R. López de Heredia ‘Viña Gravonia’ Rioja Crianza Blanco 2005

Chart after chart outlines the optimal age window for top wine regions, and articles debate the best bottles and methods for cellaring. But who has the time, space, or money (not to mention willpower) to buy cases of young wine and age them until a certain prime drinking point in the distant future? Although some retailers and auction houses specialize in sourcing and selling aged wine, these bottles are often prohibitively expensive, leaving the majority of us to be content with drinking youthful wine.

That’s why it’s a real treat when a top winery believes in doing the hard work for us and releasing its aged wines only when ready to drink. It’s a downright miracle when those wines actually sell for an affordable price. Get out a pen and a piece of paper, because you’ll want to remember this bottle: the R. López de Heredia “Viña Gravonia” Rioja Crianza Blanco 2005 is the best deal for aged white wine you’ll find.

R. Lopez de Heredia Vina Gravonia

Not every wine is meant for aging. In fact, most wines are best consumed upon release, when there is an emphasis on fresh fruit and bright acidity. This is especially true for white wine, which doesn’t often have the structural backbone necessary for aging. White Rioja is an exception to that standard, traditionally made from the Viura (a.k.a. Macabeo) grape, which can gain remarkable complexity with age. While plenty of white Rioja is consumed young, it makes sense that this region has a custom of aging its white wines; after all, Rioja is famous for its aging requirements, which are typically indicated on a wine’s label.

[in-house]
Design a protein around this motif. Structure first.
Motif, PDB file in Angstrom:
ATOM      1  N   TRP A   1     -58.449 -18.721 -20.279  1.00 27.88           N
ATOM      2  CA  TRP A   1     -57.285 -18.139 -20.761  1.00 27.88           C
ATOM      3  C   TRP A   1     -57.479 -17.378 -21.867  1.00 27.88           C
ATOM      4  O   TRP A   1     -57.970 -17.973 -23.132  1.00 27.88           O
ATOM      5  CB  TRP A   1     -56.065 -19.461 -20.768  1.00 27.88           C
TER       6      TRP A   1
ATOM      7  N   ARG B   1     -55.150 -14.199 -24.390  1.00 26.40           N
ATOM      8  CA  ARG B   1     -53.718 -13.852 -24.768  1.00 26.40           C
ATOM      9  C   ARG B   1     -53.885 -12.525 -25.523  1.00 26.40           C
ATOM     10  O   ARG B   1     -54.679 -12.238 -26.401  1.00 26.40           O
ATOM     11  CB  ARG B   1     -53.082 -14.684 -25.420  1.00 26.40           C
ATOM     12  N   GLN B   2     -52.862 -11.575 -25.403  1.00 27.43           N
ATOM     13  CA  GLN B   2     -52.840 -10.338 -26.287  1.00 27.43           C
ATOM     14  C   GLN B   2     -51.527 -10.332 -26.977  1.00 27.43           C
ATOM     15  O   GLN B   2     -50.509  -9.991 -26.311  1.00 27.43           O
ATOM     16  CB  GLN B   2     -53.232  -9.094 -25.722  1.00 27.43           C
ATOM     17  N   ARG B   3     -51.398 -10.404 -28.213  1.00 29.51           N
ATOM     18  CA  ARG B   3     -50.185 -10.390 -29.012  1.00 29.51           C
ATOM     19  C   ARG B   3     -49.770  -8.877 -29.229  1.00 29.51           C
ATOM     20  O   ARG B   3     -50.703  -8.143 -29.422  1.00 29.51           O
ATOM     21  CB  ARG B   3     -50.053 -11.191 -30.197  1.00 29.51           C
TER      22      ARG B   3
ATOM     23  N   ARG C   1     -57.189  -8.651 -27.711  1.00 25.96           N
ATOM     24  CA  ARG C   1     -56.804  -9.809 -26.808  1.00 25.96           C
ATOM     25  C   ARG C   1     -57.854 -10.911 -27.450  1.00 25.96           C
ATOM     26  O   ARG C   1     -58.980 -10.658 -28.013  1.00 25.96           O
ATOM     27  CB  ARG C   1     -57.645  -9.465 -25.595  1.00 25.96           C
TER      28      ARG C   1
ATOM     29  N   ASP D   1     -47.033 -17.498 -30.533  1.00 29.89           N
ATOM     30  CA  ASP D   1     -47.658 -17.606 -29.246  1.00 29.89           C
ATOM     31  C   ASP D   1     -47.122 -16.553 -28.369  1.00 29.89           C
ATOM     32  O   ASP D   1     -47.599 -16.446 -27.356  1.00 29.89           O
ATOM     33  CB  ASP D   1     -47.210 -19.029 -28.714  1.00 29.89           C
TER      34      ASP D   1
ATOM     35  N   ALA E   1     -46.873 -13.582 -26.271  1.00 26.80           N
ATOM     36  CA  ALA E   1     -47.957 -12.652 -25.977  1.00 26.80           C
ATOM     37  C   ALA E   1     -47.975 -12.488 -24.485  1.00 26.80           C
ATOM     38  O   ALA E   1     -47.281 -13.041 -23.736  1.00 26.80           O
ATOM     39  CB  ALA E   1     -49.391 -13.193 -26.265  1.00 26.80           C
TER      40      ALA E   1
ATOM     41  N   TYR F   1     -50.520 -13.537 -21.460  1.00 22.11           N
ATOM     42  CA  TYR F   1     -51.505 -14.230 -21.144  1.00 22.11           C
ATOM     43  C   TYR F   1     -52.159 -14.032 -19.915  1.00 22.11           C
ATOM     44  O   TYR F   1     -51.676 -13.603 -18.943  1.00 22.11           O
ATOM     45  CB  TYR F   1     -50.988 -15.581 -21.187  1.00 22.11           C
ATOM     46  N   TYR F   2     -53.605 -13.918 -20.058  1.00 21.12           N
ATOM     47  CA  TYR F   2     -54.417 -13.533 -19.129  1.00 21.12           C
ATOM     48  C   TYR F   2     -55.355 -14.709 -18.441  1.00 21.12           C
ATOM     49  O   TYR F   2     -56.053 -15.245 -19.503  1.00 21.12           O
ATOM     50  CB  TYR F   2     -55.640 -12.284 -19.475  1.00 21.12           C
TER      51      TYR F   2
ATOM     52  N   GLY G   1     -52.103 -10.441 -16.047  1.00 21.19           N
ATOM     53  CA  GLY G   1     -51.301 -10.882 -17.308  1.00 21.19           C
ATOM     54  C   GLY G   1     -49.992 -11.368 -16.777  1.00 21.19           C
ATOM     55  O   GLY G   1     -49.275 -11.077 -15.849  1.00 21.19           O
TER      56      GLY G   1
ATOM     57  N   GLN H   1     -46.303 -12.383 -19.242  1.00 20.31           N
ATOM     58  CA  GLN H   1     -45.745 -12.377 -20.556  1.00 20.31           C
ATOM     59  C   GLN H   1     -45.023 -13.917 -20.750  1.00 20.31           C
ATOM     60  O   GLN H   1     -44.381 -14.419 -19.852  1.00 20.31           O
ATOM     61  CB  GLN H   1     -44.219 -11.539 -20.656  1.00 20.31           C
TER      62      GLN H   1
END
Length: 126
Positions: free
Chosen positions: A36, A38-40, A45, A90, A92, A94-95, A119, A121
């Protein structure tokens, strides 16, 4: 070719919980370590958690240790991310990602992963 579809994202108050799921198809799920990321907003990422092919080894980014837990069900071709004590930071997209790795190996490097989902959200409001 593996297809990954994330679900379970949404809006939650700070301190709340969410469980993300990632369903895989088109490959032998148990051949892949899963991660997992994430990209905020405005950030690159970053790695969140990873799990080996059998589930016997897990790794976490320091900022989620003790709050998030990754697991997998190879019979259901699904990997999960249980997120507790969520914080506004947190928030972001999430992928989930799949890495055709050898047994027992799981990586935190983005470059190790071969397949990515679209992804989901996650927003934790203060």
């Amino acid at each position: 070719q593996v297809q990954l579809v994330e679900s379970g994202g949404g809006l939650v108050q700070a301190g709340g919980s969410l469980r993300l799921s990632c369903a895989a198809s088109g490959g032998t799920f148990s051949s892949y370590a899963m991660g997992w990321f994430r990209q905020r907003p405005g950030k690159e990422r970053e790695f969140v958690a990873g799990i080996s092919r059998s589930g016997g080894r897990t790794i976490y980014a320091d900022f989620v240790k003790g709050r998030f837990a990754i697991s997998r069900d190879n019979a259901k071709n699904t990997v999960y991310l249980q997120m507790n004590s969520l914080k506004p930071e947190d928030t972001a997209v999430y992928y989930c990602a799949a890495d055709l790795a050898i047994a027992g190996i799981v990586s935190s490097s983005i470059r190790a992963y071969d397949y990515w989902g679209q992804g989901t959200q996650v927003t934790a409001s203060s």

But R. López de Heredia takes aging even further than the required standards. White Rioja labeled “crianza” must be aged for a minimum of two years. The “Viña Gravonia” Rioja Crianza Blanco is aged for a whopping 10 years before release, four of which are spent in oak crafted by the winery’s in-house cooperage. Right away, the effect of aging is noticeable by the wine’s deep golden hue. The aromas are intoxicating, with notes of bruised yellow apple, ripe citrus, honey, and salted nuts. Full and enveloping in the mouth, the wine also has distinct acidity, adding texture and dimension and leaving the palate refreshed.

While this is a phenomenal food-pairing wine, begging for a Spanish trifecta of salty cheese, olives, and jamon, it’s also one that deserves some contemplation, if only to see how it changes as it sits in the glass. Don’t worry about keeping the bottle out of the fridge while you inevitably sip multiple glasses; its character will only grow stronger as it warms up a bit. Cradling a generous pour on the couch may feel incredibly hedonistic, but just lean into the urge; it’s exactly what we did.

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